Preoperative Clinical Evaluation of Patient

Preoperative Clinical Evaluation of Patient

Fabio Ferreli, Paolo Castelnuovo


A preoperative overview for nasal septal perforations requires both an anatomical local evaluation and specific diagnostic test. The assessment begins with carefully assessing patient’s medical history. The physical examination starts with the inspection of the nasal pyramid for any alterations regarding the structural deficit. The nasal endoscopy allows the definition of the size and site of the perforation. The septum should be palpated with a sticker or with a cotton-tip in order to discern persistent cartilage between mucosal flaps and to determine whether cartilage extends close to the edges of the defect. CT scan with bone details can provide information about the structure of the residual septum and quantify the exact measurements of bone/cartilage defect. Lab tests should also be considered.

The causes of nasal septal perforations (NSPs) are numerous and can be either related to local or systemic conditions. Therefore, a preoperative overview requires both an anatomical local evaluation and specific diagnostic test.

It is essential, before proposing any surgical treatment, to clarify the etiopathogenesis of NSP.

The assessment begins with assessing the patient’s medical history carefully. Patients may present the major symptoms of NSP, such as crusting, bleeding, whistling, nasal obstruction, and, sometimes, pain and rhinorrhea. It is necessary to investigate the onset of the NSP and any previous intranasal procedures eventually associated with septoplasty, and septal cauterization for anterior epistaxis. The possibility of septal damage can be linked to particular events, such as trauma, cocaine, nasal foreign-body injuries, and decubitus by nasogastric tube.

Some patients’ habits can be considered, such as excessive use of nasal decongestants or topic steroid, and frequent digital trauma to remove intranasal crust. Finally, some risk factors related to occupational exposure, such as chemical irritants, and to specific diseases, for instance tuberculosis or syphilis, should be investigated. 1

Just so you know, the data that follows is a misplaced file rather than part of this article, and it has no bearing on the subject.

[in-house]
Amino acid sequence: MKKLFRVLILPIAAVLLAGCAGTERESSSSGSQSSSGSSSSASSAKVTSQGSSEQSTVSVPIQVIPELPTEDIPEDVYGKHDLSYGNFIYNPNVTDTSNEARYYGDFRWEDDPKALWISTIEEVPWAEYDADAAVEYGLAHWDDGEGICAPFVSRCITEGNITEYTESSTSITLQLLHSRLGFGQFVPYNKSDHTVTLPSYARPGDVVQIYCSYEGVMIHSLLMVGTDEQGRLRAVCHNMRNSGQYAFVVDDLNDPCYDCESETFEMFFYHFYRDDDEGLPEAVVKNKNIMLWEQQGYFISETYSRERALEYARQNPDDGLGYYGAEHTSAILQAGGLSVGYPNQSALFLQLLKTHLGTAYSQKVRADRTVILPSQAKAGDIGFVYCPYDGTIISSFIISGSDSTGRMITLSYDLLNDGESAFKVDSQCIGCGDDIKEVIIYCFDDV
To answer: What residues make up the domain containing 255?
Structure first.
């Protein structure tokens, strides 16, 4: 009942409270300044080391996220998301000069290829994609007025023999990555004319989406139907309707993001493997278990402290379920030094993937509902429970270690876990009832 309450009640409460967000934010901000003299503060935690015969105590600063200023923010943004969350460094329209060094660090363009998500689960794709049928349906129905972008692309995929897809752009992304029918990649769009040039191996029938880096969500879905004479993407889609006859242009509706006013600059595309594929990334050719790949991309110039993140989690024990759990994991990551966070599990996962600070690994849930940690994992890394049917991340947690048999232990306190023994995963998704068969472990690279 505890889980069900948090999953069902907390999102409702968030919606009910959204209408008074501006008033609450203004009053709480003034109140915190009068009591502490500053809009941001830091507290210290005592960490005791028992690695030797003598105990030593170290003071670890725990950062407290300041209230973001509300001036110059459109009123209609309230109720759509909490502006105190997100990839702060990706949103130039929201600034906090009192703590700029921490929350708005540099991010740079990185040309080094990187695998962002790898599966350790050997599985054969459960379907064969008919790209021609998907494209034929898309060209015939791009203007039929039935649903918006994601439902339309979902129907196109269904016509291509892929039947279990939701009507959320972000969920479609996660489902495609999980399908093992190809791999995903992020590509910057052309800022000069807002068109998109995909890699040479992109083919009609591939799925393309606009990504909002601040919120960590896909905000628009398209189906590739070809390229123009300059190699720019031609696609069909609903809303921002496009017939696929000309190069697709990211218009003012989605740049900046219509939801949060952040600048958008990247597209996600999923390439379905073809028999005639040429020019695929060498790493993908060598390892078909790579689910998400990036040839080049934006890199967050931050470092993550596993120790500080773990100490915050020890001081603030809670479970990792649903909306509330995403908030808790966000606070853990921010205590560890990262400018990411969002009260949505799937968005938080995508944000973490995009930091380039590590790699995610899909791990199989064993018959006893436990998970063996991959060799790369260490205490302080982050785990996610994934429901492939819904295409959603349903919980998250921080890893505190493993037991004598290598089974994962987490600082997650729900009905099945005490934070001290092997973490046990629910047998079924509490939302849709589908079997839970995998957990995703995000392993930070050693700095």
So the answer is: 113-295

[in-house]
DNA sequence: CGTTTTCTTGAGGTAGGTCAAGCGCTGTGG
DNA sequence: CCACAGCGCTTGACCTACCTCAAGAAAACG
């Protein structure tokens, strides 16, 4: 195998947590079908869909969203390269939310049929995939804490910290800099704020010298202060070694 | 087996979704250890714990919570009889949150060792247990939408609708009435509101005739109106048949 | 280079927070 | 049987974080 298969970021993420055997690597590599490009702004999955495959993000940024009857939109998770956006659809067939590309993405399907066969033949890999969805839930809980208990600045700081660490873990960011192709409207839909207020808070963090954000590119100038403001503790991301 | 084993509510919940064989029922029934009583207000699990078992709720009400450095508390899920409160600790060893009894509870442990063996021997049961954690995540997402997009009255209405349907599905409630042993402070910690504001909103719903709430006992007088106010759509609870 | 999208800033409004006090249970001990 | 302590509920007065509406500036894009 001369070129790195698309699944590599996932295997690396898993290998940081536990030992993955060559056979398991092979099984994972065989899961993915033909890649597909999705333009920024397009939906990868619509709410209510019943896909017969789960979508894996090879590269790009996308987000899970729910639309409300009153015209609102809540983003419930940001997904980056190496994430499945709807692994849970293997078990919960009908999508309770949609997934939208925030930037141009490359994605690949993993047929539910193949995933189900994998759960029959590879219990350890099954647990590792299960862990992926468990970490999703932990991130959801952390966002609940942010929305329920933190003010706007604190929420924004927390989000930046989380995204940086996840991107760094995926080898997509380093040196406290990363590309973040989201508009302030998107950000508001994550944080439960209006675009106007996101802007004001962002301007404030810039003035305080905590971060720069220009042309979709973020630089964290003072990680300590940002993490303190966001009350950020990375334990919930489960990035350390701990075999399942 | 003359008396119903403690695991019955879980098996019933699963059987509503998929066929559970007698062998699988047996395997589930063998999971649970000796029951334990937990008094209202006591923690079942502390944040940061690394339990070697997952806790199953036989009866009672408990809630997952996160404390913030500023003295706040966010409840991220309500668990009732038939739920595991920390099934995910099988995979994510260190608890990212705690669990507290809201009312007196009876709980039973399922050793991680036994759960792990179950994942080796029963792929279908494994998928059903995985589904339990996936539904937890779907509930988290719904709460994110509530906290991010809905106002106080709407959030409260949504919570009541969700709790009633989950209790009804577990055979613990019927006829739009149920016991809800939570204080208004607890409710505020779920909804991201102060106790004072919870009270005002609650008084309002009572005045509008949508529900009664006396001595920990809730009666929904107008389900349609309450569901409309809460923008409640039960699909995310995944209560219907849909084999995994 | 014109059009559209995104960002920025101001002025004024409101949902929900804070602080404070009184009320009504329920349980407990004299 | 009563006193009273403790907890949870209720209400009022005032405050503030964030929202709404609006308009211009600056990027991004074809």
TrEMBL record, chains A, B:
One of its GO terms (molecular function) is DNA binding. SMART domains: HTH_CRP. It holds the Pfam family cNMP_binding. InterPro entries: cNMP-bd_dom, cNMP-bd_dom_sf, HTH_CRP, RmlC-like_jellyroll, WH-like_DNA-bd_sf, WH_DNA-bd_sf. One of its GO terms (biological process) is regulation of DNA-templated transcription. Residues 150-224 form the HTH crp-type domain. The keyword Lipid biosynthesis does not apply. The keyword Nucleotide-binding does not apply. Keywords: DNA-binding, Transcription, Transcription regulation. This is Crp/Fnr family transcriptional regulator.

The physical examination starts with inspection of the nasal pyramid for any alterations regarding the structural deficit. Indeed, large NSP can result in loss of support of the nasal dorsum and consequent “saddle nose,” sometimes associated with a deviation of the caudal edge of the septum. The nasal endoscopy with rigid fiber optics (30 degrees) is a key step of the physical examination. The use of topical decongestants and local anesthetics can make it easier and tolerable, especially in cases where the removal of crusts by an underlying mucosa, easily bleeding areas, or a biopsy is expected.

Upon physical examination of the nose, a full diagnosis cannot be made until all crusts have been removed and decongestion of the turbinates has taken place, making it possible to visualize the entire nasal septum. The nasal endoscopy allows appreciating the configuration of the NSP, the presence or absence of adherent crusts on the edges of the defect ( ▶ Fig. 6.1), any easily bleeding areas ( ▶ Fig. 6.2), and the state of the remaining mucosa, which may present some aspects regarding ischemic conditions (cocaine abuse) ( ▶ Fig. 6.3).


Fig. 6.1 The left nasal fossa. Crusting on the posterior border of septal perforation.


Fig. 6.2 The left nasal fossa. Small perforation with bleeding area.

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Nov 27, 2018 | Posted by in OTOLARYNGOLOGY | Comments Off on Preoperative Clinical Evaluation of Patient

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